Lovell A. Jones
Prairie View A&M University
Lovell Jones is an Associate Dean for Research. Dr. Jones has more than 35 years of experience in addressing minority health and the health of the underserved. He is the former Director of the joint UT MD Anderson Cancer Center/University of Houston Dorothy I. Height Center for Health Equity & Evaluation Research. As a scientist, he has done extensive research into the relationship between hormones, diet and endocrine responsive tumors and has presented his work both nationally and internationally. Dr. Jones’ most notable innovation and service has been in leading think tanks and major events regarding the underserved and cancers, including the American Cancer Society South Central U.S. Regional Hearings on Cancer and the Poor, and the 1st National African Cancer Education meeting in Abuja, Nigeria. In January 2000, Dr. Jones was named the first director of the congressionally mandated Center for Research on Minority Health (CRMH), a multidisciplinary center which aims to foster research that addresses the causes of health disparities and translates scientific results back to the communities affected by those disparities; facilitates minority students to pursue careers in the biomedical sciences; and, increase recruitment and retention of minority and medically underserved populations into clinical trials. Dr. Jones served co-author of the congressional resolution designating the third full week in April as “National Minority Cancer Awareness Week.” For his work, the NIH/National Center on Minority Health and Health Disparities awarded him its Director’s Award for Excellence in Health Disparities. Dr. Jones has also received the Ruth Kirschstein Diversity in Science Award and was selected as one of the top African American Scientist in America by the National Science Foundation “The HistoryMakers” (http://www.thehistorymakers.com/biography/dr-lovell-jones). Dr. Jones has been awarded approximately $40 million in research and/or educational grants, either as principal or co-principal investigator. His research has involved determining the mechanism by which natural and environmental estrogenic agents may initiate cancers in hormonally responsive tissue. A grant awarded by NIH/NCI supported the investigation of “The Women’s Health Eating and Living Study,” which examined the role of diet on the prevention and recurrence of second primaries in breast cancer survivors. A notable demonstration grant, titled “Facilitated Assistance, Research, & Outreach Services” was awarded by the Centers of Excellence for Community Partnership, Outreach, Research & Training from the National Center on Minority Health & Health Disparities and the Centers for Medicare and Medicaid Cancer Prevention and Treatment.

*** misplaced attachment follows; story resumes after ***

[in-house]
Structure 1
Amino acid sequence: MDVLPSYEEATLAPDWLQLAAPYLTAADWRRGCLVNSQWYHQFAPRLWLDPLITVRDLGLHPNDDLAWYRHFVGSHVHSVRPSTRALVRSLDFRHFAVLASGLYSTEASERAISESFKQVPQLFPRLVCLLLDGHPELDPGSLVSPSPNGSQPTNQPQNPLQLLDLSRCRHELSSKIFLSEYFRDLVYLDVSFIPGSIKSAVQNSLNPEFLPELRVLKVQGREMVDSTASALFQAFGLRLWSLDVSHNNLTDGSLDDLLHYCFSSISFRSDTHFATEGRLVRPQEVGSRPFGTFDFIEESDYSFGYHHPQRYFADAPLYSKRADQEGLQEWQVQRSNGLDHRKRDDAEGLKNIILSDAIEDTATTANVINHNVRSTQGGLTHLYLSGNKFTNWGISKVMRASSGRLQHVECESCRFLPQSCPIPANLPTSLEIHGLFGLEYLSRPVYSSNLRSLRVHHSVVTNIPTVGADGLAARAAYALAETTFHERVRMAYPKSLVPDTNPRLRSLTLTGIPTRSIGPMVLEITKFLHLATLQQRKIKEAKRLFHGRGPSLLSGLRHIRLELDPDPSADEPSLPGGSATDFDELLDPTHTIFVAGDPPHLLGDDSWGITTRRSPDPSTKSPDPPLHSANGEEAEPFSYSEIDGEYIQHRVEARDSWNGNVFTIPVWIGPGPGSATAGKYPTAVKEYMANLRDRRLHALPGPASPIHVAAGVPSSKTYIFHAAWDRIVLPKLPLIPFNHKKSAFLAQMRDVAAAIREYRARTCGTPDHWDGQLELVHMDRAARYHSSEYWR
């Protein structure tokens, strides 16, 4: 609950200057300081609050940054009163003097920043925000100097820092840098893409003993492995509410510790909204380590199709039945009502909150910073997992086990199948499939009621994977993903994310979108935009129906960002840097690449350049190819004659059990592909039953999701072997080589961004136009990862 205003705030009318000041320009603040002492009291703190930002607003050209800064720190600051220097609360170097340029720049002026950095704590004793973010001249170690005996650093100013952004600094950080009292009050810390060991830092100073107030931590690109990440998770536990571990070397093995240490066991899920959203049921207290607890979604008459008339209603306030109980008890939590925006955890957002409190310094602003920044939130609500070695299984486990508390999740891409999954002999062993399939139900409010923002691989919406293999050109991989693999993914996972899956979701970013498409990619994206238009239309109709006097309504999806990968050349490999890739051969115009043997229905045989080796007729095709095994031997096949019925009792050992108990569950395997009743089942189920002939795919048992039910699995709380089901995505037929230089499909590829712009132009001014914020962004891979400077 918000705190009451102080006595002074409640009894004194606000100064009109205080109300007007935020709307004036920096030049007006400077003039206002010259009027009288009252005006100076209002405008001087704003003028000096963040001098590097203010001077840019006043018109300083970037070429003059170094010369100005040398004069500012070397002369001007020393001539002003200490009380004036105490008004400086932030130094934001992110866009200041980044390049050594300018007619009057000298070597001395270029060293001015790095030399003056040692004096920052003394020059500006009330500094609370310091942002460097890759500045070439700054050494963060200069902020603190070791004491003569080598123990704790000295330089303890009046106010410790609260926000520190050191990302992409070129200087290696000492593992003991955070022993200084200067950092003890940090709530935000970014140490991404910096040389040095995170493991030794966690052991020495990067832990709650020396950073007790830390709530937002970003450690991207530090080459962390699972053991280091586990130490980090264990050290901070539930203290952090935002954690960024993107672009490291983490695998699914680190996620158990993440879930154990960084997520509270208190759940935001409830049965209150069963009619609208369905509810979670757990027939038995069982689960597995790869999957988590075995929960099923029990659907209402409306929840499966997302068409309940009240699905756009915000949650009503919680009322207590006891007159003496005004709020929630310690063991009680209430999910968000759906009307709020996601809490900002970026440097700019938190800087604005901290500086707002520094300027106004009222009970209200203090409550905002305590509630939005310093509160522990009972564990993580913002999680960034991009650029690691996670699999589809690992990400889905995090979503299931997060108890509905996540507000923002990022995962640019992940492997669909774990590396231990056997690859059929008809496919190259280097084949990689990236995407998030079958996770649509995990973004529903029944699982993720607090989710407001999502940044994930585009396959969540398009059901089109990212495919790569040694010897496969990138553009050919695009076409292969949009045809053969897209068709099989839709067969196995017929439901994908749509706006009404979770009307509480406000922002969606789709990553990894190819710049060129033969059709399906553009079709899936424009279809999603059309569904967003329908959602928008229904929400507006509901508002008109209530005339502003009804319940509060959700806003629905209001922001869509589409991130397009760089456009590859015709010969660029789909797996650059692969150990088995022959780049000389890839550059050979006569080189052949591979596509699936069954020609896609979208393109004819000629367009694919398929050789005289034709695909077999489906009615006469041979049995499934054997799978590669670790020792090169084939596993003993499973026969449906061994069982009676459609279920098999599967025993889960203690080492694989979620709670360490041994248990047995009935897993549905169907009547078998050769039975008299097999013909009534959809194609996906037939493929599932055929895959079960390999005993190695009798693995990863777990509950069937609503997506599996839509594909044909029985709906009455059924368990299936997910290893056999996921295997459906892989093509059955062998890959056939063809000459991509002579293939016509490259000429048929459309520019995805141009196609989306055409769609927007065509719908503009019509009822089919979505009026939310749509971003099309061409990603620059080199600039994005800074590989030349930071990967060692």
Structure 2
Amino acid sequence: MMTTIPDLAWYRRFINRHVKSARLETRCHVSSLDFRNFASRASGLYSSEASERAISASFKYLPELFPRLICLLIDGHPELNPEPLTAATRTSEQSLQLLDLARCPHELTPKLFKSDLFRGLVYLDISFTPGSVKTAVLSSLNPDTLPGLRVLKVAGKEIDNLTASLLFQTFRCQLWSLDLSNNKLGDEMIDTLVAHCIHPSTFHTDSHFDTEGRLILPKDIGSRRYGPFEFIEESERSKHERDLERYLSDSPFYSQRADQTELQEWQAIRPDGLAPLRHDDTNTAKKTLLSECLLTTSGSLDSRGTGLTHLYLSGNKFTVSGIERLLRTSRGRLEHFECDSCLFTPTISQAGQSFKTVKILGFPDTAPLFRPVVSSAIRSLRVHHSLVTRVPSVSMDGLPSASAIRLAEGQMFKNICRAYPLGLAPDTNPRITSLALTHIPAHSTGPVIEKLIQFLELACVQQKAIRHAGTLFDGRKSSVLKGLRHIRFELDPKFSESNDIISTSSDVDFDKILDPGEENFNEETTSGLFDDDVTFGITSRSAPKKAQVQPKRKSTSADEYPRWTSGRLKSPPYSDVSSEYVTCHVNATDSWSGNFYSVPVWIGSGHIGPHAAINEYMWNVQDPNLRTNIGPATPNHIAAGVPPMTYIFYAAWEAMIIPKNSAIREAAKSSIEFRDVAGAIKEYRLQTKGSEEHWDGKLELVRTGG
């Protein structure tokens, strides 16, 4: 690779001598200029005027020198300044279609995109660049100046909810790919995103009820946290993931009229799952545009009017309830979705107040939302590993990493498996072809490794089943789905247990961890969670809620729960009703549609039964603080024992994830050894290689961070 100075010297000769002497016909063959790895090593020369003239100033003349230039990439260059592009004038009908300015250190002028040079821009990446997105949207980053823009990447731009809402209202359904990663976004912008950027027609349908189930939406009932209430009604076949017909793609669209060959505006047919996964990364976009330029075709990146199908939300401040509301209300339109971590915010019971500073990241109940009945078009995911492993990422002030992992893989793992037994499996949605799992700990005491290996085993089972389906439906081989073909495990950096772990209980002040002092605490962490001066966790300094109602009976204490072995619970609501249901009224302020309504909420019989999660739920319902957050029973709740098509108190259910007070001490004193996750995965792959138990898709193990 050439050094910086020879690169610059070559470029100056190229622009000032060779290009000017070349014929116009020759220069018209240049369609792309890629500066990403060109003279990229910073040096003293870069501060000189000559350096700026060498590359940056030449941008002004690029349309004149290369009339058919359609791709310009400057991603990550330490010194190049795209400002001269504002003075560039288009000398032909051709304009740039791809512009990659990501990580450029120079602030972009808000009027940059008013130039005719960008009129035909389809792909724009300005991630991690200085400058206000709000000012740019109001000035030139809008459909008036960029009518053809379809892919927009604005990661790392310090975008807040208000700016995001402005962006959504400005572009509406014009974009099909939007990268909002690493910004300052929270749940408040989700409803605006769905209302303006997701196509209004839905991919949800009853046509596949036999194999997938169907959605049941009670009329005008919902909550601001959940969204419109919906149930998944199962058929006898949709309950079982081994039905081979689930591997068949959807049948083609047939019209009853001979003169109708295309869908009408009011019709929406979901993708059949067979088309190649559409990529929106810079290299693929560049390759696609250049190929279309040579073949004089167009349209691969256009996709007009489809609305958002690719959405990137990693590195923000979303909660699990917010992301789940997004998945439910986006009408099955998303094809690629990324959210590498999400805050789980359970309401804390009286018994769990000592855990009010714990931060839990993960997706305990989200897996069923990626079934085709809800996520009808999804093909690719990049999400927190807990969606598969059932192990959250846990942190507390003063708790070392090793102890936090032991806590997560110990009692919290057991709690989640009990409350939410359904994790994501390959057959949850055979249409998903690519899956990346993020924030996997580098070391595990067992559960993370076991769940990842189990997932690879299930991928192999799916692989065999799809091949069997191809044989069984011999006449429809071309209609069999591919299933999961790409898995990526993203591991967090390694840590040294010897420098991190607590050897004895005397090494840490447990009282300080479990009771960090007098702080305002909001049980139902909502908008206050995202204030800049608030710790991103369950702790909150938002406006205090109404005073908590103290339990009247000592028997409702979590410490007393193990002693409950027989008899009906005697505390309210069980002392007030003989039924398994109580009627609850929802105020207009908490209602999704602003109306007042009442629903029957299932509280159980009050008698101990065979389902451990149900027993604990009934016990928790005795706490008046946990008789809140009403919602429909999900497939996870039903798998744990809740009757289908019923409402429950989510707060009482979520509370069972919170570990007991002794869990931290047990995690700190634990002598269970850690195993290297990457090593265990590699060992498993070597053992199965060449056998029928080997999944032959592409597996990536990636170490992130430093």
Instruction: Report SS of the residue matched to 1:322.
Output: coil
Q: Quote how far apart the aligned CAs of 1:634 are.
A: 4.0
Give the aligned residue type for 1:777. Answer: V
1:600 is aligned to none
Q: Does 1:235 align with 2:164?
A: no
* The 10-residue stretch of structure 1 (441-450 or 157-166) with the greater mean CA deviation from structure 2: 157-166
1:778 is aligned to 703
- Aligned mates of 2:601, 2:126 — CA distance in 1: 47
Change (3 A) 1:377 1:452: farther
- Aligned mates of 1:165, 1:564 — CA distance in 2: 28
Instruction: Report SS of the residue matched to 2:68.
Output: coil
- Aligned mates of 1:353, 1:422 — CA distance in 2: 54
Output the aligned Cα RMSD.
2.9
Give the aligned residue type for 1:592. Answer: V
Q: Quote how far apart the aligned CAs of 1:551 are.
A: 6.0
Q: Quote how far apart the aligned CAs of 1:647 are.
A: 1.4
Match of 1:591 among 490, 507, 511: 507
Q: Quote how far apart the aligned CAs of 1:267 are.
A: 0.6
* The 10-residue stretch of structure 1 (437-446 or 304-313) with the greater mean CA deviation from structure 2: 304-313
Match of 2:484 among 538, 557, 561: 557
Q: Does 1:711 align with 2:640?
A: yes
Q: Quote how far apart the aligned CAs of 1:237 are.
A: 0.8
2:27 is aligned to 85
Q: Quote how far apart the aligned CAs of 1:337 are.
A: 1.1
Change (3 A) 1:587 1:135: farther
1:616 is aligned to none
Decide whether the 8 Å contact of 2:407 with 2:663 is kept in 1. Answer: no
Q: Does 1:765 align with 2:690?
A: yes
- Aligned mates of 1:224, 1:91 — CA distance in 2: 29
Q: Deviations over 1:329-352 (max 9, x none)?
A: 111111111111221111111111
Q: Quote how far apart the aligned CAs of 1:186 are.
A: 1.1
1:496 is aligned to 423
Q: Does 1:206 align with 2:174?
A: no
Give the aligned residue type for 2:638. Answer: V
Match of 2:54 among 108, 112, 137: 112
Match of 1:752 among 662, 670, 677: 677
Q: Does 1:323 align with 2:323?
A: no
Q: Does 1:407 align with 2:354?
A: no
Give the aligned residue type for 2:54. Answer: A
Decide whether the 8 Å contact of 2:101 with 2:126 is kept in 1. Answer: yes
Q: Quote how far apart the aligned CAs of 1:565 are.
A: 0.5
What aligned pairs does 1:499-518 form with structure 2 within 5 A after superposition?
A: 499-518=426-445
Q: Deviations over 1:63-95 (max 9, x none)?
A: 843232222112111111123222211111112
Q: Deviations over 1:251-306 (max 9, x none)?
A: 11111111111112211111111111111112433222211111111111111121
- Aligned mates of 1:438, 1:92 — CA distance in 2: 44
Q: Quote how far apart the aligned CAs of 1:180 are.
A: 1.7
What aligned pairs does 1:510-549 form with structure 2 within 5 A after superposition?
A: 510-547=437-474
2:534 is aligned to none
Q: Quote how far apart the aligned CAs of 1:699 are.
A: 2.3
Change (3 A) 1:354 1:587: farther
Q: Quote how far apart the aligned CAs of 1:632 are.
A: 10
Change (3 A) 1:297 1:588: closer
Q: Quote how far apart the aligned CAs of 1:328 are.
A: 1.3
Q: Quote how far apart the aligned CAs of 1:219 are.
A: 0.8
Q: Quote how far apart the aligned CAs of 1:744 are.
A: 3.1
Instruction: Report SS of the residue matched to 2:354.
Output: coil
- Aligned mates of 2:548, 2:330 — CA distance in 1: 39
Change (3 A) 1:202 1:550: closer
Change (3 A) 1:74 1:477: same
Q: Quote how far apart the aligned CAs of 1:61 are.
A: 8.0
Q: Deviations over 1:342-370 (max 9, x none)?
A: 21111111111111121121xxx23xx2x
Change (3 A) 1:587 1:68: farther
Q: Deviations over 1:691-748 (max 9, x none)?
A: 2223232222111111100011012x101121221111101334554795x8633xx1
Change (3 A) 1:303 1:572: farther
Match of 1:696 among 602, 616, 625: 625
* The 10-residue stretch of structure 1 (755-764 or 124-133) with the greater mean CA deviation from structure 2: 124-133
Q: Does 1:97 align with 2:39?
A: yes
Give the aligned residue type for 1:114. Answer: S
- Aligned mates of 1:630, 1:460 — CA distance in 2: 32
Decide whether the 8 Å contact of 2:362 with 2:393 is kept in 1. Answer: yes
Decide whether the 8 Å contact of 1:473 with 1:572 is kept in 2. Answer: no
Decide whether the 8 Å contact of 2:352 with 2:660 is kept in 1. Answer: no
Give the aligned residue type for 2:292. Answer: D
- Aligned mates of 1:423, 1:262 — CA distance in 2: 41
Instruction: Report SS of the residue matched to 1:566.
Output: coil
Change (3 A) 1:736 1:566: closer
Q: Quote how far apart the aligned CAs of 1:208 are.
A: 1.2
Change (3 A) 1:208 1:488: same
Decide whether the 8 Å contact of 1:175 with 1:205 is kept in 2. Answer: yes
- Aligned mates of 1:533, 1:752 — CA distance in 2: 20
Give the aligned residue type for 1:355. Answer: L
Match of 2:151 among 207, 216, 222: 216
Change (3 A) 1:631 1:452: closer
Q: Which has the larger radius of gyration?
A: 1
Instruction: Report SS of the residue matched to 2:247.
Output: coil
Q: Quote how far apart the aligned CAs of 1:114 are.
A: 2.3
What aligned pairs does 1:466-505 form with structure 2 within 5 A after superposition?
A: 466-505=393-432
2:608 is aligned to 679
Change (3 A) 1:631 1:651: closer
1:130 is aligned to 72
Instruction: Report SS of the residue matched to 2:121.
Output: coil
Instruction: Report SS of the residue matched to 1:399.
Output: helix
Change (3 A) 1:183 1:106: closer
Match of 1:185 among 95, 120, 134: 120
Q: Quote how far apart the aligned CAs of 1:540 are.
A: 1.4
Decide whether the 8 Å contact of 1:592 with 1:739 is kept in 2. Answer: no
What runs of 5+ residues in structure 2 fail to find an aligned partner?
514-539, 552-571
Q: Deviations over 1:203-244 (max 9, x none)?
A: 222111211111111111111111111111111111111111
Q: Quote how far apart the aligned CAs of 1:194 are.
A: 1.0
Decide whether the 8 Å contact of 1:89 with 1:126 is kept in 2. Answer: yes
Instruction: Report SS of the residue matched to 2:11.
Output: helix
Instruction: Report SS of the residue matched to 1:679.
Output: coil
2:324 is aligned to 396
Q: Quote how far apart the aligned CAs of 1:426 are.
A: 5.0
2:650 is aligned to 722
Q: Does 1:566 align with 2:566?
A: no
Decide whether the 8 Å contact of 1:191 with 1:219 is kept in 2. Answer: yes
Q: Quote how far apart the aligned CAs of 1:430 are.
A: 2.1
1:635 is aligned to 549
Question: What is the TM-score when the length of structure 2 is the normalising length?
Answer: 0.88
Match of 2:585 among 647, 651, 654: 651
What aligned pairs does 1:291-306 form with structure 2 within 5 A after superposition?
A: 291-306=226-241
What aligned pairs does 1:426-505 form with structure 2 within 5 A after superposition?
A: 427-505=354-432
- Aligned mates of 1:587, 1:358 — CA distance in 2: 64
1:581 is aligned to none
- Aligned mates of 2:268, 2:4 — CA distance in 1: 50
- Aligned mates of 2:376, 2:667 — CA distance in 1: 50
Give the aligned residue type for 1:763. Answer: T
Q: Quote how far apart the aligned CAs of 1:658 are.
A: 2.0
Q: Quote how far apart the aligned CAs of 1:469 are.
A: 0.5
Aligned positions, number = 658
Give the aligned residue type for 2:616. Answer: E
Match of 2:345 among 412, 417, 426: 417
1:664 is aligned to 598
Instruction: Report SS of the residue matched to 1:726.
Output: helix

Between 1980 and 2013, Dr. Jones received more than $35 million in research funding for studies in which he was the principal investigator. During his career, Dr. Jones has received research support from the National Institutes of Health, the Rockwell Foundation, Walton Family Foundation, Kellogg Company, Kellogg Foundation, American Health Foundation, Houston Endowment, Inc., Exxon-Mobil Foundation, Centers for Disease Control & Prevention, and the State of Texas. Some current research projects include: The Women's Healthy Eating and Living (WHEL) Study, which is investigating the role of diet in preventing tumor recurrence in breast cancer survivors. Sponsor: NIH The African American Women's Nutrition for Life Project, which is investigating the role of diet and exercise on reducing the risk of breast cancer in premenopausal African American women. Sponsor: American Cancer Society The EXPORT Grant, which is investigating the relationship between the environment and genes in the development of disease in migrant farm worker children, as well as developing an educational program to address the lack of underrepresented minorities and medically underserved individuals. As part of this grant, the first Asian American Health Needs Assessment will be undertaken in the State of Texas. Sponsor: National Institutes of Health/National Center for Minority Health and Health Disparities The SCIENCE Project, which supports addressing the issue of science education in elementary schools.